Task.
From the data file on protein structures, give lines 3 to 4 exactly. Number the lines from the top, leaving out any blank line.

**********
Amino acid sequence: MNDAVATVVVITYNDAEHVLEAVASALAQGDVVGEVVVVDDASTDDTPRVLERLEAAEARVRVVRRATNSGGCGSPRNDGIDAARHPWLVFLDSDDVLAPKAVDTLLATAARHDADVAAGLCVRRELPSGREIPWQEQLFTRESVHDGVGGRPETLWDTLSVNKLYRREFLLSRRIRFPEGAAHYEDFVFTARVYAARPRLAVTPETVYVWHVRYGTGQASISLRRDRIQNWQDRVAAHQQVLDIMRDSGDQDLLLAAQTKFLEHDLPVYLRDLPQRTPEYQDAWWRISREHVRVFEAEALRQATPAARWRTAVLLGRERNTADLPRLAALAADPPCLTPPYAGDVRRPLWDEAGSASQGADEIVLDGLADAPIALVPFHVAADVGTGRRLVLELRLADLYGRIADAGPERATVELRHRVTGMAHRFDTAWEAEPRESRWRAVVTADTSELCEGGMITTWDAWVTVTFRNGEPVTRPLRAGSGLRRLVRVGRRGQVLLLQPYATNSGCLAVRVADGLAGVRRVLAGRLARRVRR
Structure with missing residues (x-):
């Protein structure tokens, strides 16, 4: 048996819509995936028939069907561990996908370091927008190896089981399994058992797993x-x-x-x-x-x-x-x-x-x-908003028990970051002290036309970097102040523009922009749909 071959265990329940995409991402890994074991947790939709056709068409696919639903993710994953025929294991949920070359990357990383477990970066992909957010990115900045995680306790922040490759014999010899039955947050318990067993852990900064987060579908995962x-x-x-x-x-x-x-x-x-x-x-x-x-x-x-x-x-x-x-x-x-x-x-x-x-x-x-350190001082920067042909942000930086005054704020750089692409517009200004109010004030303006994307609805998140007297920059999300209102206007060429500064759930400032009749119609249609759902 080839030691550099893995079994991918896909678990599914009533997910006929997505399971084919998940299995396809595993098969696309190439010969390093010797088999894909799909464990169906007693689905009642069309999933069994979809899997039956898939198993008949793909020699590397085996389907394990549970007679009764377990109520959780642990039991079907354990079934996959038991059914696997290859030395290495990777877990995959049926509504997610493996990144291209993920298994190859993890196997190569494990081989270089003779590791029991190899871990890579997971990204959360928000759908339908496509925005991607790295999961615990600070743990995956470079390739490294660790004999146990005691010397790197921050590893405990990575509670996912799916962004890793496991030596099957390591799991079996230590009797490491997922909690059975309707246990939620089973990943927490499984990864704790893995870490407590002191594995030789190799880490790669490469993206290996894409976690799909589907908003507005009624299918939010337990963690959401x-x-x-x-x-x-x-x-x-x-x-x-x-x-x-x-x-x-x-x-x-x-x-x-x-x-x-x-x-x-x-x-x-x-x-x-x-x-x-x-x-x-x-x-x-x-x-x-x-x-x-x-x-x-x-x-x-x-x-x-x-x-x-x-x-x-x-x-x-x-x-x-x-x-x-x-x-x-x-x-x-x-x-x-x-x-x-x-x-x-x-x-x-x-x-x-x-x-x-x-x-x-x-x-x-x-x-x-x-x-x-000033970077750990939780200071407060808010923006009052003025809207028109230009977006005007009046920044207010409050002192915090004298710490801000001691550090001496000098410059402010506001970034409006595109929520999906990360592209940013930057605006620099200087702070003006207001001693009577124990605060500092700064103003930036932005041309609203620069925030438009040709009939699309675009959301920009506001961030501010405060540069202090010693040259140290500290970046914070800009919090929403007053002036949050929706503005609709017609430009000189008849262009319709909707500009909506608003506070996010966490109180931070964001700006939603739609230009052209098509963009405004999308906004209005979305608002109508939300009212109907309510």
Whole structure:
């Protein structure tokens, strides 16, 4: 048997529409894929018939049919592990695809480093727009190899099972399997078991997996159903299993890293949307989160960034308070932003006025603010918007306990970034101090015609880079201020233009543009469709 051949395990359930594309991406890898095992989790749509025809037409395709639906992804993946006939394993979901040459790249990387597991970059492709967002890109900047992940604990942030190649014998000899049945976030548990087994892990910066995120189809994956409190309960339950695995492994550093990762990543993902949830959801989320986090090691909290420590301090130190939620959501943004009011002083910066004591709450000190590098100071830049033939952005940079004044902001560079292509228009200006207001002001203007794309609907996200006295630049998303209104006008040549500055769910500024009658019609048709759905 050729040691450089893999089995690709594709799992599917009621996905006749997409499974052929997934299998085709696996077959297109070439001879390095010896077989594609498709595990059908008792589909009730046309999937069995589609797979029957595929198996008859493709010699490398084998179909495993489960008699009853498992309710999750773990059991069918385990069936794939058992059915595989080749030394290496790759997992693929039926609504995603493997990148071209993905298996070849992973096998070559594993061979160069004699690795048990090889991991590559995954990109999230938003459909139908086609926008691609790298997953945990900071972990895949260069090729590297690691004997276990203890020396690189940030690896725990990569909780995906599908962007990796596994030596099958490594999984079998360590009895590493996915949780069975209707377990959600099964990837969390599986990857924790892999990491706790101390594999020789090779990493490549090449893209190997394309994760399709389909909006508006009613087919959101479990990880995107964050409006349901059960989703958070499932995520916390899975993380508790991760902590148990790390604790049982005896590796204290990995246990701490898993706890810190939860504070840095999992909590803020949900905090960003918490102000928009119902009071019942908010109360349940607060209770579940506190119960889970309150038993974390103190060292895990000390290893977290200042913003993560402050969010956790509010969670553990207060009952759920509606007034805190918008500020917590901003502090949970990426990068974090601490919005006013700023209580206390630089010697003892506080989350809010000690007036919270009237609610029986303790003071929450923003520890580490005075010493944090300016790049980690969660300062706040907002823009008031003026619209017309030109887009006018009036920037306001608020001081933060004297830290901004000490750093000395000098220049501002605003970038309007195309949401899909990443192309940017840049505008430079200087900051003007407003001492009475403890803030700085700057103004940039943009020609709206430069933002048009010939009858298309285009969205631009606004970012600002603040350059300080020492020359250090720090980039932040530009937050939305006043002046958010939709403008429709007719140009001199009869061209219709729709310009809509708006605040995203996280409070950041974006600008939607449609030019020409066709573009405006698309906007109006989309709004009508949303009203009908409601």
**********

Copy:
């Protein structure tokens, strides 16, 4: 048996819509995936028939069907561990996908370091927008190896089981399994058992797993x-x-x-x-x-x-x-x-x-x-908003028990970051002290036309970097102040523009922009749909 071959265990329940995409991402890994074991947790939709056709068409696919639903993710994953025929294991949920070359990357990383477990970066992909957010990115900045995680306790922040490759014999010899039955947050318990067993852990900064987060579908995962x-x-x-x-x-x-x-x-x-x-x-x-x-x-x-x-x-x-x-x-x-x-x-x-x-x-x-350190001082920067042909942000930086005054704020750089692409517009200004109010004030303006994307609805998140007297920059999300209102206007060429500064759930400032009749119609249609759902 080839030691550099893995079994991918896909678990599914009533997910006929997505399971084919998940299995396809595993098969696309190439010969390093010797088999894909799909464990169906007693689905009642069309999933069994979809899997039956898939198993008949793909020699590397085996389907394990549970007679009764377990109520959780642990039991079907354990079934996959038991059914696997290859030395290495990777877990995959049926509504997610493996990144291209993920298994190859993890196997190569494990081989270089003779590791029991190899871990890579997971990204959360928000759908339908496509925005991607790295999961615990600070743990995956470079390739490294660790004999146990005691010397790197921050590893405990990575509670996912799916962004890793496991030596099957390591799991079996230590009797490491997922909690059975309707246990939620089973990943927490499984990864704790893995870490407590002191594995030789190799880490790669490469993206290996894409976690799909589907908003507005009624299918939010337990963690959401x-x-x-x-x-x-x-x-x-x-x-x-x-x-x-x-x-x-x-x-x-x-x-x-x-x-x-x-x-x-x-x-x-x-x-x-x-x-x-x-x-x-x-x-x-x-x-x-x-x-x-x-x-x-x-x-x-x-x-x-x-x-x-x-x-x-x-x-x-x-x-x-x-x-x-x-x-x-x-x-x-x-x-x-x-x-x-x-x-x-x-x-x-x-x-x-x-x-x-x-x-x-x-x-x-x-x-x-x-x-x-000033970077750990939780200071407060808010923006009052003025809207028109230009977006005007009046920044207010409050002192915090004298710490801000001691550090001496000098410059402010506001970034409006595109929520999906990360592209940013930057605006620099200087702070003006207001001693009577124990605060500092700064103003930036932005041309609203620069925030438009040709009939699309675009959301920009506001961030501010405060540069202090010693040259140290500290970046914070800009919090929403007053002036949050929706503005609709017609430009000189008849262009319709909707500009909506608003506070996010966490109180931070964001700006939603739609230009052209098509963009405004999308906004209005979305608002109508939300009212109907309510």
Whole structure: